rosary of the seven rays (SOLD)


rosary of the seven rays
Originally uploaded by Karma Zain

This rosary is made of pressed glass pumpkin-cut beads in seven decades: pink, dark blue, sky blue, red, blue, black, and crystal. The centerpiece is an Italian glass medallion in blue and purple with a gold foil stripe, which terminates in three crystal beads and a large Murano glass heart pendant. Absolutely one of a kind.

This particular type of Rosary of the Seven Rays is used in devotions to the Seven Joys of the Blessed Virgin Mary. This devotional practice is a prayer and meditation method that can raise human consciousness, and this particular rosary is designed according to techniques that focus on the heart chakra. Thus it is an excellent tool for those working with esoteric prayer and those who need help in opening and balancing the heart chakra. It can also be prayed on behalf of those who need divine assistance with emotional and spiritual imbalances and is a powerful tool in the arsenal of healers and lightworkers.

Entire piece is 22.5 inches long from end to end. Decade loop is 18".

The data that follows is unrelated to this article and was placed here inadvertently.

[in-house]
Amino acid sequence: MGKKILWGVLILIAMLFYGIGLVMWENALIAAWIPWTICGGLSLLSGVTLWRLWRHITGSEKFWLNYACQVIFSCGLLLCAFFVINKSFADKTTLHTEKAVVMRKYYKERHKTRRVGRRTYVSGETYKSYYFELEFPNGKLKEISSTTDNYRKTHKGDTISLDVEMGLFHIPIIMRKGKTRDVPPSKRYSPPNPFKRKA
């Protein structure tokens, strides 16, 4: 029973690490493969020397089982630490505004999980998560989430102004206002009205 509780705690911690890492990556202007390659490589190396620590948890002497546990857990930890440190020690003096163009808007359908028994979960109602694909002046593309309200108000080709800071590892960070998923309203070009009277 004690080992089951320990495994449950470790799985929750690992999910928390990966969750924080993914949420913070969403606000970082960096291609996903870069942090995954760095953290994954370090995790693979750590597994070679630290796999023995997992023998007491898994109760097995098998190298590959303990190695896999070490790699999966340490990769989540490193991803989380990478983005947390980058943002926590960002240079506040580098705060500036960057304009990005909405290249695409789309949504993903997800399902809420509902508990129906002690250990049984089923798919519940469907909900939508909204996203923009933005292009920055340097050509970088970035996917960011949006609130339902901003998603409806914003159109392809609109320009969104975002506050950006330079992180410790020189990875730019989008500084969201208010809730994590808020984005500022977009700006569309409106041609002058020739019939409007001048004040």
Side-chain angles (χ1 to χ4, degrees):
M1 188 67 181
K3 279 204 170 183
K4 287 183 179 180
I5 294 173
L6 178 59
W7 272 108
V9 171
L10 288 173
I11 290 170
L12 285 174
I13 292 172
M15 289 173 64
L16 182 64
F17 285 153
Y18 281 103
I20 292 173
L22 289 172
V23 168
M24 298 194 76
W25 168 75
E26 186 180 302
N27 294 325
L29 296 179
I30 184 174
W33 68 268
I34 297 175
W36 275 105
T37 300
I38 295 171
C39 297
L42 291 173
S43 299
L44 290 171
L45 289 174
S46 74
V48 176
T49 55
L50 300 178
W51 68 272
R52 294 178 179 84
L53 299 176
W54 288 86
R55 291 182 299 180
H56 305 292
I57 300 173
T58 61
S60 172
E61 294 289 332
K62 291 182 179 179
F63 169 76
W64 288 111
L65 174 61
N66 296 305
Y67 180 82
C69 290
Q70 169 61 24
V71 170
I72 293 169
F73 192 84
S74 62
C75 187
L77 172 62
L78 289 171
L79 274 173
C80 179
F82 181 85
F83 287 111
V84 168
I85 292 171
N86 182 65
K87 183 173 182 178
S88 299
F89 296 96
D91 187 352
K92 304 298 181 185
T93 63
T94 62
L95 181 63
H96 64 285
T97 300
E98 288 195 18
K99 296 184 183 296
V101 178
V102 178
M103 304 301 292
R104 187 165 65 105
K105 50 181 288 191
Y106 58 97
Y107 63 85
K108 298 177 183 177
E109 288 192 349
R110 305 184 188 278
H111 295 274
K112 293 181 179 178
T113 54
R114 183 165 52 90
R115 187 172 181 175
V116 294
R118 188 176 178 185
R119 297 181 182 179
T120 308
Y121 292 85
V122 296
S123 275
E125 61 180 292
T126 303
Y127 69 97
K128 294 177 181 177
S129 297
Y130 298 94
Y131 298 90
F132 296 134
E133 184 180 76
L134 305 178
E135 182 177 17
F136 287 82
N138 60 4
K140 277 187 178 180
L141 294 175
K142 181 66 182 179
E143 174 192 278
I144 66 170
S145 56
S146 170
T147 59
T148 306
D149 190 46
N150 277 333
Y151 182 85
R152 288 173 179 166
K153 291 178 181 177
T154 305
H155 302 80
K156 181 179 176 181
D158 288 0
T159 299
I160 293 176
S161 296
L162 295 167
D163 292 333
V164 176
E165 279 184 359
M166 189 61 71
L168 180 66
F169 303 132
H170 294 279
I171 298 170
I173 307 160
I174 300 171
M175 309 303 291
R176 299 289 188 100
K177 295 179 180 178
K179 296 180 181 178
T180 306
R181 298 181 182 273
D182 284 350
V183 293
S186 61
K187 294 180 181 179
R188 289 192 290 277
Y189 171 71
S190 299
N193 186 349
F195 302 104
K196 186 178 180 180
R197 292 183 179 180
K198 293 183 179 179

This is a serious piece for the serious practitioner devoted to esoteric prayer. It won’t do you much good if you just keep it in its bag and look at it a couple of times a year – it’s not like a talisman you keep in your pocket. It’s more like a musical instrument — it’s designed to be used, and its powers increase with regular use.

Bishop Tau Michael Bertiaux says of the rosary, in his chapter on Upadhi I in The Voudon Gnostic Workbook, that prayer beads are among the most effective ways to generate spiritual energy and "hook up" to God energy. He conceives of the rosary as a "prayer machine" and emphasizes that the rosary is further blessed and empowered through use. I have blessed and empowered this rosary, but it will absorb deeper spiritual energies through your repeated use. For more information, see The Voudon Gnostic Workbook.

For info on the Seven Joys of Mary, go here.

For a Wikipedia entry on the Seven Rays, go here.  I don’t normally post links to Wikipedia entries (that is another rant entirely), but this one has a good references list and a good section on Further Reading.

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